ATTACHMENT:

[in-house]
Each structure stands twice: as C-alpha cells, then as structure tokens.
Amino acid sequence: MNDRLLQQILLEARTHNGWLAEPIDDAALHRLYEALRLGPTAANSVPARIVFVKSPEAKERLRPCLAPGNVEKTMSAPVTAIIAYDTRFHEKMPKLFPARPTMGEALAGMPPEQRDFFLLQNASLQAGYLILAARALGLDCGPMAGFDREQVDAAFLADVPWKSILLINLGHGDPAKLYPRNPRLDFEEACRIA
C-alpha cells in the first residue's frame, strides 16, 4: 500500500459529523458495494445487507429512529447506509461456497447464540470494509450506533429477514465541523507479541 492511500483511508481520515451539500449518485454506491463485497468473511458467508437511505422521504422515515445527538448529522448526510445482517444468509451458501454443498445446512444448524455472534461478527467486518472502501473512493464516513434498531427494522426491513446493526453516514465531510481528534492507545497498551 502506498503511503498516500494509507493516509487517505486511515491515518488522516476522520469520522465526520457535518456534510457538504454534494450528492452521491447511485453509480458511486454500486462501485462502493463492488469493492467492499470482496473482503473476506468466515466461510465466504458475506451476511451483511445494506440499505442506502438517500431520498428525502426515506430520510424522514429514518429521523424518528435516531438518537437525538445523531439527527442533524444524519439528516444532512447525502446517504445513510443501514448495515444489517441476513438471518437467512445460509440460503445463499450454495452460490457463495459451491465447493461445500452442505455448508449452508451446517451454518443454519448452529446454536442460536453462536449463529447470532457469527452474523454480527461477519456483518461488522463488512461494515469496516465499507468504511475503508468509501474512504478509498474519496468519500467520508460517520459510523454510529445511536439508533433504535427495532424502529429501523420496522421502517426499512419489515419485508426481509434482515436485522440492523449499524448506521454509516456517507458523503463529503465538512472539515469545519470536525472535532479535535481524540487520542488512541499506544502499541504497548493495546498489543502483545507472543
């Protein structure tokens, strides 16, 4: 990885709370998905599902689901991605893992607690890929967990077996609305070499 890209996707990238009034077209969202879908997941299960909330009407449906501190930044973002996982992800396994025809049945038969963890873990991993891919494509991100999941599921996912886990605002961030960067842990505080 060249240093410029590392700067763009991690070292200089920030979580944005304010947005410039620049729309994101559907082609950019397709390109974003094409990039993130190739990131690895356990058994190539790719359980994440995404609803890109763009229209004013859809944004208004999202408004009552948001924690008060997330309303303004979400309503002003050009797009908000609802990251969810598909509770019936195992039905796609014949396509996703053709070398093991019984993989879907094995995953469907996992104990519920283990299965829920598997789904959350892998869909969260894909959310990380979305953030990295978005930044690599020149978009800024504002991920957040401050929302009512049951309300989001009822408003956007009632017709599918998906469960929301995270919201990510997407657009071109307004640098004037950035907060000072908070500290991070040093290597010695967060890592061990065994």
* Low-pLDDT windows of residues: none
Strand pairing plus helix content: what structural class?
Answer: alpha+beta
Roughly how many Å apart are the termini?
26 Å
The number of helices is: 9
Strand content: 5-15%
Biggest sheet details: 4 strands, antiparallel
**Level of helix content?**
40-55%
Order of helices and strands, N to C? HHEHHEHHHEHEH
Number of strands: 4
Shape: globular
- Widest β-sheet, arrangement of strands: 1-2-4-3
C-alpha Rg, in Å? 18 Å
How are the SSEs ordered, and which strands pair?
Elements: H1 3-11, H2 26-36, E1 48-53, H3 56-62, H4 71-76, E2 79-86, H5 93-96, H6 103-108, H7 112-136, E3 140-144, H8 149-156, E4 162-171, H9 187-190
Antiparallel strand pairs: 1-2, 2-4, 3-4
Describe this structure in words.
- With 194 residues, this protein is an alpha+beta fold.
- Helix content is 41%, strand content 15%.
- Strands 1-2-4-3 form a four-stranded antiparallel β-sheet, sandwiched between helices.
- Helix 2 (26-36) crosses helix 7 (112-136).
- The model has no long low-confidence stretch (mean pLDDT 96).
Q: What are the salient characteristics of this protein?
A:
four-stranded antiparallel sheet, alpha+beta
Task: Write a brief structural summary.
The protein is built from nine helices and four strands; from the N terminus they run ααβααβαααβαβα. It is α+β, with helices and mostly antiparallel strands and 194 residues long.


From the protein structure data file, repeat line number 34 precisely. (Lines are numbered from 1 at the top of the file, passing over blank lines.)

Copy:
The protein is built from nine helices and four strands; from the N terminus they run ααβααβαααβαβα. It is α+β, with helices and mostly antiparallel strands and 194 residues long.